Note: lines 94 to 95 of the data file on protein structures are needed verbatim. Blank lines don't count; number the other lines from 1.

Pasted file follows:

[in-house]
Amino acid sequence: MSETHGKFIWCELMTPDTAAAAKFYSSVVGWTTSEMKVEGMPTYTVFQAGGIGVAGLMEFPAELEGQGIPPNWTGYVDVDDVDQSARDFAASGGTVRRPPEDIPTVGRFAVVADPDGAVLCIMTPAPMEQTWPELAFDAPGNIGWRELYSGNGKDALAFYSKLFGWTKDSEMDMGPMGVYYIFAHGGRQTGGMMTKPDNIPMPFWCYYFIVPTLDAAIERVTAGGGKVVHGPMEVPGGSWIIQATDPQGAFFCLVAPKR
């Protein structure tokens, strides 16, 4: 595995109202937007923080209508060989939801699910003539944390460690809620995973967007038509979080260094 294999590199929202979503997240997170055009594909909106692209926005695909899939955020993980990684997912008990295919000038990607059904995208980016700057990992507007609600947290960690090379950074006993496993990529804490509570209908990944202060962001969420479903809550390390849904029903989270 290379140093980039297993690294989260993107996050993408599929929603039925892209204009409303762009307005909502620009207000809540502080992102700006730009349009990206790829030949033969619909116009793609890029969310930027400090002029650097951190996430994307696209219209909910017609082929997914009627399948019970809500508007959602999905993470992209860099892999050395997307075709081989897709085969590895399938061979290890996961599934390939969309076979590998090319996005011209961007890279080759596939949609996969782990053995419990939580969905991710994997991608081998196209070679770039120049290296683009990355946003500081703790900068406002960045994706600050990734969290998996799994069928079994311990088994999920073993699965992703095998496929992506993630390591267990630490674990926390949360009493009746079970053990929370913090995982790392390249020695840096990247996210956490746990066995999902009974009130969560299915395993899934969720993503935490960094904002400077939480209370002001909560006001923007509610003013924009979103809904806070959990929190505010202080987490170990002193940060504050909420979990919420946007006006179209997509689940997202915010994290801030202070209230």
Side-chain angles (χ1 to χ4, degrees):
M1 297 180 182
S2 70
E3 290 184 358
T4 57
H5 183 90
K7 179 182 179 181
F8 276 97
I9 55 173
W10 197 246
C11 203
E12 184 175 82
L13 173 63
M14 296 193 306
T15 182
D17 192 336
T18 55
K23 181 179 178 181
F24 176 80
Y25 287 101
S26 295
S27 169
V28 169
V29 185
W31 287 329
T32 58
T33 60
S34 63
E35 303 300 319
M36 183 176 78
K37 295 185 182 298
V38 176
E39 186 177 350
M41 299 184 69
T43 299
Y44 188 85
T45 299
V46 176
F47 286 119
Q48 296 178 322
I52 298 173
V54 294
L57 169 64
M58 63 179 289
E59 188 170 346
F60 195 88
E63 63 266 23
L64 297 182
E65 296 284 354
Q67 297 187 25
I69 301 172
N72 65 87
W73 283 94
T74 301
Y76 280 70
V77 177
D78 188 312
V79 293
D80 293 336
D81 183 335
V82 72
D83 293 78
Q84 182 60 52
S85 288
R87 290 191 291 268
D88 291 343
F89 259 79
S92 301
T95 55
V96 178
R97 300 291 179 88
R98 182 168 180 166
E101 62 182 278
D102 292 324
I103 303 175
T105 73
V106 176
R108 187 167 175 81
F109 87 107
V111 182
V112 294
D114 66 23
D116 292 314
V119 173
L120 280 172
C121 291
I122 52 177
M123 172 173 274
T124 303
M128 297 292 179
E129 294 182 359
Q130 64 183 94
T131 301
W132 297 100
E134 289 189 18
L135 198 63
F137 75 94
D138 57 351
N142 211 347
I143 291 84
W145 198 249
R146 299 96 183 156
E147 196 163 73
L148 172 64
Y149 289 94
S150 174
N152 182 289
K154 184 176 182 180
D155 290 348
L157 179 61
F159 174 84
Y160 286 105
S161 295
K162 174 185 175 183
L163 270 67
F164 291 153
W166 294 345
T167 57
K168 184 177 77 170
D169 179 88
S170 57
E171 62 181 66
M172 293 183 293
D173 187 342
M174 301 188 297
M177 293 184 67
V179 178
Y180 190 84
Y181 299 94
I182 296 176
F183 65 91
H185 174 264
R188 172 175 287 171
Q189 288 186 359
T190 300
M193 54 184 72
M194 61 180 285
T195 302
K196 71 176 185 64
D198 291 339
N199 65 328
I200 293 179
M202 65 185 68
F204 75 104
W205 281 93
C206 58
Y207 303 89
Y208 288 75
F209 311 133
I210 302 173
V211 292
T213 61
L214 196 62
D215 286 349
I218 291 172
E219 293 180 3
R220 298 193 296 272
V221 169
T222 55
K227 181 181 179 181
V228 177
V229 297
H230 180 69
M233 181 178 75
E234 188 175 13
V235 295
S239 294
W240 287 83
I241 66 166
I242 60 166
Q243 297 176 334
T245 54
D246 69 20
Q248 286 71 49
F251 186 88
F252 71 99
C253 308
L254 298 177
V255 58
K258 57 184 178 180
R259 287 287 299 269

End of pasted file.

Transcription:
E129 294 182 359
Q130 64 183 94